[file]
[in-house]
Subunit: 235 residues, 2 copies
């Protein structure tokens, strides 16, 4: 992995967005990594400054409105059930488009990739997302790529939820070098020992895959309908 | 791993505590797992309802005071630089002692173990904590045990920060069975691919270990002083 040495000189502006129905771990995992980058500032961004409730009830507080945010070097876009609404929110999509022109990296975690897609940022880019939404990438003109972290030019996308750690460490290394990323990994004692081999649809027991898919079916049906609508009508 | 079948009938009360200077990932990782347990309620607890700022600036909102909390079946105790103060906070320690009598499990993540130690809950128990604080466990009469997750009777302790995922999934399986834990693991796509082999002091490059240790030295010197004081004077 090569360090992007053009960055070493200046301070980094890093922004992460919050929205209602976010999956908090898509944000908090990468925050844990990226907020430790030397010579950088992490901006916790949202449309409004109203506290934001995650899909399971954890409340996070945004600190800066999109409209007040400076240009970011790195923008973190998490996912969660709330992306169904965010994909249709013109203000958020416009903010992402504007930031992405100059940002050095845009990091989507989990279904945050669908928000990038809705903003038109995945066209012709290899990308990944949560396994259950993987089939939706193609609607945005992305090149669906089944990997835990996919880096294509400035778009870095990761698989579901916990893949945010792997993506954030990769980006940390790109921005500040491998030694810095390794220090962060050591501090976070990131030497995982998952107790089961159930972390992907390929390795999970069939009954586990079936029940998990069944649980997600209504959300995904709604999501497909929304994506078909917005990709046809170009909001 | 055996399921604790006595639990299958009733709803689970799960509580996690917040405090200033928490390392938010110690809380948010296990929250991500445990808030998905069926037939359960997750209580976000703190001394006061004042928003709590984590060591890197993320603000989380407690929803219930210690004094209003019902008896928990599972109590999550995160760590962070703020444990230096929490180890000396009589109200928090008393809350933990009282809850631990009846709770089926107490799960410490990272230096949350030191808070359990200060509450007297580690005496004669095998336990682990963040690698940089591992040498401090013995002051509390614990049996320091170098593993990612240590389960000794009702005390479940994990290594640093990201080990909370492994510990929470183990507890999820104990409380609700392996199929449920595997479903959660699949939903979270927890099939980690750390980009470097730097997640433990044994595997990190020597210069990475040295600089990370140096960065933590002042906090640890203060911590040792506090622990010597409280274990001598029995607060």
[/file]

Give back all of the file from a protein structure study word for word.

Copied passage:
[in-house]
Subunit: 235 residues, 2 copies
């Protein structure tokens, strides 16, 4: 992995967005990594400054409105059930488009990739997302790529939820070098020992895959309908 | 791993505590797992309802005071630089002692173990904590045990920060069975691919270990002083 040495000189502006129905771990995992980058500032961004409730009830507080945010070097876009609404929110999509022109990296975690897609940022880019939404990438003109972290030019996308750690460490290394990323990994004692081999649809027991898919079916049906609508009508 | 079948009938009360200077990932990782347990309620607890700022600036909102909390079946105790103060906070320690009598499990993540130690809950128990604080466990009469997750009777302790995922999934399986834990693991796509082999002091490059240790030295010197004081004077 090569360090992007053009960055070493200046301070980094890093922004992460919050929205209602976010999956908090898509944000908090990468925050844990990226907020430790030397010579950088992490901006916790949202449309409004109203506290934001995650899909399971954890409340996070945004600190800066999109409209007040400076240009970011790195923008973190998490996912969660709330992306169904965010994909249709013109203000958020416009903010992402504007930031992405100059940002050095845009990091989507989990279904945050669908928000990038809705903003038109995945066209012709290899990308990944949560396994259950993987089939939706193609609607945005992305090149669906089944990997835990996919880096294509400035778009870095990761698989579901916990893949945010792997993506954030990769980006940390790109921005500040491998030694810095390794220090962060050591501090976070990131030497995982998952107790089961159930972390992907390929390795999970069939009954586990079936029940998990069944649980997600209504959300995904709604999501497909929304994506078909917005990709046809170009909001 | 055996399921604790006595639990299958009733709803689970799960509580996690917040405090200033928490390392938010110690809380948010296990929250991500445990808030998905069926037939359960997750209580976000703190001394006061004042928003709590984590060591890197993320603000989380407690929803219930210690004094209003019902008896928990599972109590999550995160760590962070703020444990230096929490180890000396009589109200928090008393809350933990009282809850631990009846709770089926107490799960410490990272230096949350030191808070359990200060509450007297580690005496004669095998336990682990963040690698940089591992040498401090013995002051509390614990049996320091170098593993990612240590389960000794009702005390479940994990290594640093990201080990909370492994510990929470183990507890999820104990409380609700392996199929449920595997479903959660699949939903979270927890099939980690750390980009470097730097997640433990044994595997990190020597210069990475040295600089990370140096960065933590002042906090640890203060911590040792506090622990010597409280274990001598029995607060």